if Client.Services['Calculator'].Get(I) then
  begin
    lblResult.Caption := IntToStr(I.Add(a,b));
    // My new code to get a test object and pass to server
    aPatient := TPatient(TPatient.testObject);
    bPatient := nil;
    c := I.TP(aPatient, bPatient);
    showMessage('Patient 1 name='+aPatient.FirstName);
    if assigned(bPatient) then
      showMessage('Patient 2 name='+bPatient.FirstName+' '+bPatient.Surname)
    else
      showMessage('Patient retrieval failed!');
  end;

The server code is as follows:

function TServiceCalculator.TP(n1: TPatient; n2: TPatient): integer;
begin
  n2 := TPatient(TPatient.testObject);
  TPatient(n1).FirstName := 'Bert';
  result := 1;
end;

Note that the server is trying to update a field of the first object and to assign the second object.

The code runs, the server TP method gets invoked but the objects are unchanged after the call in the client.

How do I get my client to call the server and update and return new objects? These objects are simple subclasses of TPersistent with published simple properties.

Thanks

Paul

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#7 2012-06-05 18:00:15

ab
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Re: Getting Started Guide?

Use var and out for the directions.

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#8 2012-06-05 18:55:23

paulh
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Posts: 44

Re: Getting Started Guide?

Hi Arnaud, when I tried to use effectively:

function TServiceCalculator.TP(var n1: TPatient; var n2: TPatient): integer;

or

function TServiceCalculator.TP(out n1: TPatient; out n2: TPatient): integer;

I get the following error raised from your code:
Invalid "Calculator" interface call: returned object.

And besides, an object parameter is a pointer to a pointer so it should be superfluous to declare an object parameter as var as if you want to change the object instance you change what the outer pointer points to.

I'm running the latest version of the code like you told me to. Do you want me to email you a version of the sample 14 project that is broken so you can see this first hand? If you email me paul @ westsw.com I can email you back the simple code... This is a very basic and simple requirement so it must have been implemented? I can serialise the object as a string myself and pass it that way if needed but I'm sure that is unnecessary???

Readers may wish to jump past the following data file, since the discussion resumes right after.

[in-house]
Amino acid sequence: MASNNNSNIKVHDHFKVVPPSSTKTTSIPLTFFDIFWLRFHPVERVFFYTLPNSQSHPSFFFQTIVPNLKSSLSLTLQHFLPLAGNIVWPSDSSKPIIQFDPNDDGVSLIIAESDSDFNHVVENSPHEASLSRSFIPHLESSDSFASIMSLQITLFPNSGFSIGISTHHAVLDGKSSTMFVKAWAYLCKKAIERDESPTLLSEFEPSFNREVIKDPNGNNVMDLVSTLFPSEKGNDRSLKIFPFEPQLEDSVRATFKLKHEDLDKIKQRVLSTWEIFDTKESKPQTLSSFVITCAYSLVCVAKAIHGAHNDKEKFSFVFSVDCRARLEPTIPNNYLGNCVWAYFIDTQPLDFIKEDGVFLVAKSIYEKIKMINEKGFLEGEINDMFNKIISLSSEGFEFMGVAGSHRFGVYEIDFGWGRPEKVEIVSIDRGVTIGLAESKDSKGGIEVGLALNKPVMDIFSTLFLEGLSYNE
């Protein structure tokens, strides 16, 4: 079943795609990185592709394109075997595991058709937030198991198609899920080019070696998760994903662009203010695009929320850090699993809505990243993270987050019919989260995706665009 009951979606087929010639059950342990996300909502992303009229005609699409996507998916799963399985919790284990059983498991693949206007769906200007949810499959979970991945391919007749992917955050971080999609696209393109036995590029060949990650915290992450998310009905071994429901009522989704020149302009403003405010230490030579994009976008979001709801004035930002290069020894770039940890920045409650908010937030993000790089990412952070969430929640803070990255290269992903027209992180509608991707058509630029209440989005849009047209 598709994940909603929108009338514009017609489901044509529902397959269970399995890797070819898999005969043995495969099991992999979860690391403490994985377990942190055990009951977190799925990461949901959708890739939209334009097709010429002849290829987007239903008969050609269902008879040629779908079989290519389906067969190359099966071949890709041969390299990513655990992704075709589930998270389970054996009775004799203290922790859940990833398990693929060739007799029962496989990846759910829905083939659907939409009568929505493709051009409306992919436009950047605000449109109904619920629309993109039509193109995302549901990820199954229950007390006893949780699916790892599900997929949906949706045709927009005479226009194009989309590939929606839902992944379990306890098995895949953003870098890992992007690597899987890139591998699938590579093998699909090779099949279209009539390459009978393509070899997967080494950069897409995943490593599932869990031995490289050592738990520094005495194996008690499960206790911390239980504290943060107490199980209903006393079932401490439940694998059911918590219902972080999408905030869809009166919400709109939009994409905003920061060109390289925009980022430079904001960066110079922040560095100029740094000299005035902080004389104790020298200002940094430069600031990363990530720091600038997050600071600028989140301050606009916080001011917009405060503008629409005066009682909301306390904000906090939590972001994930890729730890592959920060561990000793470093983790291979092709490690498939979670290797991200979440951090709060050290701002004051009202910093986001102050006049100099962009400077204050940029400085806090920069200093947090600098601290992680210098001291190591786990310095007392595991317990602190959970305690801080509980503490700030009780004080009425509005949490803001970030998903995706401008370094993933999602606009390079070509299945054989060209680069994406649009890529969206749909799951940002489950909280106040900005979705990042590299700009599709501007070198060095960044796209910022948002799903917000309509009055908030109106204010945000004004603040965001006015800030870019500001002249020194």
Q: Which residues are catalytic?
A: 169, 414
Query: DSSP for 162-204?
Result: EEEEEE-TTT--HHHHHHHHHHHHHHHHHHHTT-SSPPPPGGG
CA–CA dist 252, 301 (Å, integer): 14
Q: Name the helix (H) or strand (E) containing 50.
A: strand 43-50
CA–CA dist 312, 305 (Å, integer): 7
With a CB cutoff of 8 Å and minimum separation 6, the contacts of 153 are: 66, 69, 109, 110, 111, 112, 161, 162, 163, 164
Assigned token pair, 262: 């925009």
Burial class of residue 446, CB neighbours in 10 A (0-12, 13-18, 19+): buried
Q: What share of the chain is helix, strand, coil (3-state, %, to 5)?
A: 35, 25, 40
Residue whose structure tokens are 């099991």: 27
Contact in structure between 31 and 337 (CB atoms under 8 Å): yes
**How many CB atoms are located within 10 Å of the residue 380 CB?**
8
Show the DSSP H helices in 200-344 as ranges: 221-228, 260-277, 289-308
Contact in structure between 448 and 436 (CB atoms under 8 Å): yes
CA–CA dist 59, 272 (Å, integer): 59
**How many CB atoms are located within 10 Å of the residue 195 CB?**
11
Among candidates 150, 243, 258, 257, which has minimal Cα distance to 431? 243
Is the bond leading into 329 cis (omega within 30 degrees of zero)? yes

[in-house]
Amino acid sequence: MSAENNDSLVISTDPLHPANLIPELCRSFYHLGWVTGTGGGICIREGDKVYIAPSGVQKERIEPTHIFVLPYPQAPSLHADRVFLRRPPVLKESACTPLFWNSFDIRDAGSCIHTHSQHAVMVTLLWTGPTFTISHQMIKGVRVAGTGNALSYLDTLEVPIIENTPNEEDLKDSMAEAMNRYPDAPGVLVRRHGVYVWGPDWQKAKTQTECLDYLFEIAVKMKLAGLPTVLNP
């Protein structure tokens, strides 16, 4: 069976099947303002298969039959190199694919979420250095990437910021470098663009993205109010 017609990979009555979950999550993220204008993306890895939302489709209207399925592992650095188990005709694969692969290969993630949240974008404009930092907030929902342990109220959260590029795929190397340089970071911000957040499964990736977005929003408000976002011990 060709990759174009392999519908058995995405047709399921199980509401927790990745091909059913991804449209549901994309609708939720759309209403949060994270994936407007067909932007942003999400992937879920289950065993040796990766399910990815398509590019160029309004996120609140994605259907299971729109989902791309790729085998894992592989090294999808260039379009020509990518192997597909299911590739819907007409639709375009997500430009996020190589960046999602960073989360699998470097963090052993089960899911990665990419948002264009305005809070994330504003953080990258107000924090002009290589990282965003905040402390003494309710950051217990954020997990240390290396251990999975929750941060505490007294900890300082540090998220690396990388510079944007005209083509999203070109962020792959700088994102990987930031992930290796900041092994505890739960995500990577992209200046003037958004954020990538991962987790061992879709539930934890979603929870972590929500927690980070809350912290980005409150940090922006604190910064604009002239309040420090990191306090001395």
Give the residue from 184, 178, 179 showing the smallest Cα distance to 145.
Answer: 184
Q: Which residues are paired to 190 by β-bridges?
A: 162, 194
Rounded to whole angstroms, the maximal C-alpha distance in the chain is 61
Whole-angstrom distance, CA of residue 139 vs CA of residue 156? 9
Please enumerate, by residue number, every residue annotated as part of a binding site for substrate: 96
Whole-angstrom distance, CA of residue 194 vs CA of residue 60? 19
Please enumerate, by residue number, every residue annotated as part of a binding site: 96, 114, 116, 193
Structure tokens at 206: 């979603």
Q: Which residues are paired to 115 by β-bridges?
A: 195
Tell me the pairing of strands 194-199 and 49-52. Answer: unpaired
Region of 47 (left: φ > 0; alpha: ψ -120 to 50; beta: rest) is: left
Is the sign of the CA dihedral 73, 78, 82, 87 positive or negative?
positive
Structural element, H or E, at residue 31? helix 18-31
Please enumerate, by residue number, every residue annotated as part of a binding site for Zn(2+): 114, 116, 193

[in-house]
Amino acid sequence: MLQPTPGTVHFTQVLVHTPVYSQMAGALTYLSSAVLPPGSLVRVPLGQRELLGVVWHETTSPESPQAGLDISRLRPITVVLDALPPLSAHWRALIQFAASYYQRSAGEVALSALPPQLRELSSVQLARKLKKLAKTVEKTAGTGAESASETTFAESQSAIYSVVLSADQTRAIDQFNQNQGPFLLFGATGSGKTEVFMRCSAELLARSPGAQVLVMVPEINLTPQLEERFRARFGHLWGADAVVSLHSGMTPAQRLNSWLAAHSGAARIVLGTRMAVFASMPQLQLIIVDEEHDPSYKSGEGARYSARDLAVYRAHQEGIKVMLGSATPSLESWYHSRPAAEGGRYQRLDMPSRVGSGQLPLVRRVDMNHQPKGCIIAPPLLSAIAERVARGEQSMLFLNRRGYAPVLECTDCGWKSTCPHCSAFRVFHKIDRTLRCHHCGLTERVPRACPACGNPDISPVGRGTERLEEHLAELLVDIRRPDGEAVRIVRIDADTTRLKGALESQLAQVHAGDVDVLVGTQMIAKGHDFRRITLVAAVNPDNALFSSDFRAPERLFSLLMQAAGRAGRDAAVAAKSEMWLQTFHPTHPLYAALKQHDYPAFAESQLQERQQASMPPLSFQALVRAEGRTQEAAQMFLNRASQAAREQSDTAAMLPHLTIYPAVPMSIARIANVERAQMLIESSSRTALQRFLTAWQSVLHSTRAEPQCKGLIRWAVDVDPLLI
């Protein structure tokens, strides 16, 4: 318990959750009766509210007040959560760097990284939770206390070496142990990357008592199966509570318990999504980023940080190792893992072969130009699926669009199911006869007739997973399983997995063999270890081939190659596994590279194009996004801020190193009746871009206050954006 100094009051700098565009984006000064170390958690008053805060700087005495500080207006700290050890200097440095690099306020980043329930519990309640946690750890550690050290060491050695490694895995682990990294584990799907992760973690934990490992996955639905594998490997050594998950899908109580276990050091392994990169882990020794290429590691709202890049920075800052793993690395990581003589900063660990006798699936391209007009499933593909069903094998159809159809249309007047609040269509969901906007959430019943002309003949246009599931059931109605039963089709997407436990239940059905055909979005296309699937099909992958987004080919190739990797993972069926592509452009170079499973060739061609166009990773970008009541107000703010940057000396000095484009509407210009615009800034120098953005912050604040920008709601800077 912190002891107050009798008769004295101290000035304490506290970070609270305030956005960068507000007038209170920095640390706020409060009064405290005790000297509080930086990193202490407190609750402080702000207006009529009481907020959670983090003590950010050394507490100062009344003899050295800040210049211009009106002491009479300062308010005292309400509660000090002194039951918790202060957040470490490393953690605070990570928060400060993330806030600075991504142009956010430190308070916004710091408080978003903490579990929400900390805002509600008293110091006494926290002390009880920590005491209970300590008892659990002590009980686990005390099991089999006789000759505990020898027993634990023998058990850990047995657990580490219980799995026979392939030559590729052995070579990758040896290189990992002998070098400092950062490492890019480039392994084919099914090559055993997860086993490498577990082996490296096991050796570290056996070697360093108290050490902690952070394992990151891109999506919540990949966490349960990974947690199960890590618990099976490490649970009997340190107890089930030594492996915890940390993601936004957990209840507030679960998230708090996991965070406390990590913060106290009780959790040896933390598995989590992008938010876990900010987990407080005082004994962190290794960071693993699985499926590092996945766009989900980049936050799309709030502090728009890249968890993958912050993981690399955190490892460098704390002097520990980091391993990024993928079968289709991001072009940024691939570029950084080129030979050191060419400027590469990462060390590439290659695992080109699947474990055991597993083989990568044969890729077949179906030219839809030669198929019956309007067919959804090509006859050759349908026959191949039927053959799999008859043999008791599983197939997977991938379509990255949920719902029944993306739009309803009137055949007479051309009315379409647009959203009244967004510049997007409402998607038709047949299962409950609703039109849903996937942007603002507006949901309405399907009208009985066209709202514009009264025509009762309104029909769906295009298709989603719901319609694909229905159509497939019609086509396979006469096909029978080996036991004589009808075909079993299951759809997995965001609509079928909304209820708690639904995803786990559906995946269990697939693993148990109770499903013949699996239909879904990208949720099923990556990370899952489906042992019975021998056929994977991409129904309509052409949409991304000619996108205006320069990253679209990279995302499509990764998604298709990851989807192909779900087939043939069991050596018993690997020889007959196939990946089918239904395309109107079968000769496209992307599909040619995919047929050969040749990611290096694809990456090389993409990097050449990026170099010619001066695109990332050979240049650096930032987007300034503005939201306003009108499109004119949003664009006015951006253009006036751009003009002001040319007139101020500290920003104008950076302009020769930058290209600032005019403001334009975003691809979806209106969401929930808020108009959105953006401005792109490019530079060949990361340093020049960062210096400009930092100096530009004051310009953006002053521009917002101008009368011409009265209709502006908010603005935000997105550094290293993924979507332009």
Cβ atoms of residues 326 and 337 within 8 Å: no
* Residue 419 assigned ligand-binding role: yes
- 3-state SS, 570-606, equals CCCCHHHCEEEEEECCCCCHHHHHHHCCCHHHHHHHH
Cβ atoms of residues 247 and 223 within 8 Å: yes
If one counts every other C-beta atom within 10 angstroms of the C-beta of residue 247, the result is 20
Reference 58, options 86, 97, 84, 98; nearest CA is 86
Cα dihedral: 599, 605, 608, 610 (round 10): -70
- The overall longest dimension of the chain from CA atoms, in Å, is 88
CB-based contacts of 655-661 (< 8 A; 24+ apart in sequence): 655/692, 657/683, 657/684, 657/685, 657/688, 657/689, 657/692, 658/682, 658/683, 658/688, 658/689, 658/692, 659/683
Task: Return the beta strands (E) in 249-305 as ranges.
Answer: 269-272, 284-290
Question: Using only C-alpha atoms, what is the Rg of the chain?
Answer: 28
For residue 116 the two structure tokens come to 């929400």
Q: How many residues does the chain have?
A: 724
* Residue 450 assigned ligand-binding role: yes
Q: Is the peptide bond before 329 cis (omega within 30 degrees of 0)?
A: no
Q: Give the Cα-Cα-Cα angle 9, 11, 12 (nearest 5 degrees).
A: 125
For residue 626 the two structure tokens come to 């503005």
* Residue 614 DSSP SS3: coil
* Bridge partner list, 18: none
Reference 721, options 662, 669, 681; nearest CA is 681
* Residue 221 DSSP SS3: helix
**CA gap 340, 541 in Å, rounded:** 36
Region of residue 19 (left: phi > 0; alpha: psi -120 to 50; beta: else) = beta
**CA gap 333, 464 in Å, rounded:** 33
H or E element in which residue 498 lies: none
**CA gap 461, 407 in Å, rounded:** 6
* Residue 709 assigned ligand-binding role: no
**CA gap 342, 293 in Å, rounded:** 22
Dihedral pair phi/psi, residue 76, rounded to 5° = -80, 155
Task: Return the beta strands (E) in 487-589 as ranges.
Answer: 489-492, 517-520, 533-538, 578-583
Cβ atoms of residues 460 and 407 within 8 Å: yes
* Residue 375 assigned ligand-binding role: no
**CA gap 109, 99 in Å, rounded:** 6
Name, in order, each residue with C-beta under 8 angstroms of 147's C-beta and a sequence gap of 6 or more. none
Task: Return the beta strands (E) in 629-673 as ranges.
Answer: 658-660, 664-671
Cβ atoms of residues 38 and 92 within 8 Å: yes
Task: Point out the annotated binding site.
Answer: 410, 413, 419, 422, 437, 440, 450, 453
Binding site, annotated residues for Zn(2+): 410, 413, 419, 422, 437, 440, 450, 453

Paul

The code that raises the exception is:

function TInterfacedObjectFake.FakeCall(var aCall: TFakeCallStack): Int64;

    if ValueDirection in [smdVar,smdOut,smdResult] then begin
      V := Value[a];
      case ValueType of
      smvObject: begin
        R := JSONToObject(V^,R,valid);
        if not valid then
          RaiseError('returned object');
        IgnoreComma(R);
      end;

(AB note: I edited your question since we do not need the whole framework code here - just he name of the method is enough)

Last edited by ab (2012-06-06 05:32:03)

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#9 2012-06-06 07:04:43

ab
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Re: Getting Started Guide?

About the var/out fact use with a class, you are right of course, when you deal internally with Delphi code.
But it was by design, to specify the service transmission needs.
When an interface is designed, the const / var / out kind of parameter is used to determine what are in / out / in-out parameters to transmit.
It is stated by the documentation - see http://blog.synopse.info/post/2012/03/0 … a-contract

They can be defined as const, var or out - in fact, const and var parameters values will be sent from the client to the server as JSON, and var and out parameters values will be returned as JSON from the server;

So it does mean that JSONToObject is unable to unserialize the transmitted JSON content.
Could you put a breakpoint in the R := JSONToObject(V^,R,valid); line and check before executing JSONToObject what is the content of R - i.e. the JSON content?

How is your TPatient class defined?
It should be either a TSQLRecord or TPersistent sub class. Or any other class, if you supply a custom serializer - see http://blog.synopse.info/post/2012/04/1 … -any-class

Use of classes serialization is tested in SynSelfTests unit via the following interface:

  /// a test interface, used by TTestServiceOrientedArchitecture
  // - to test remote service calls with objects as parameters (its published
  // properties will be serialized as standard JSON objects)
  // - since it inherits from ICalculator interface, it will also test
  // the proper interface inheritance handling (i.e. it will test that
  // ICalculator methods are also available)
  IComplexCalculator = interface(ICalculator)
    ['{8D0F3839-056B-4488-A616-986CF8D4DEB7}']
    /// purpose of this method is to substract two complex numbers
    // - using class instances as parameters
    procedure Substract(n1,n2: TComplexNumber; out Result: TComplexNumber);
    /// purpose of this method is to check for boolean handling
    function IsNull(n: TComplexNumber): boolean;
    /// this will test the BLOB kind of remote answer
    function TestBlob(n: TComplexNumber): TServiceCustomAnswer;
  end;

The result is defined as out Result: TComplexNumber, and it works as expected.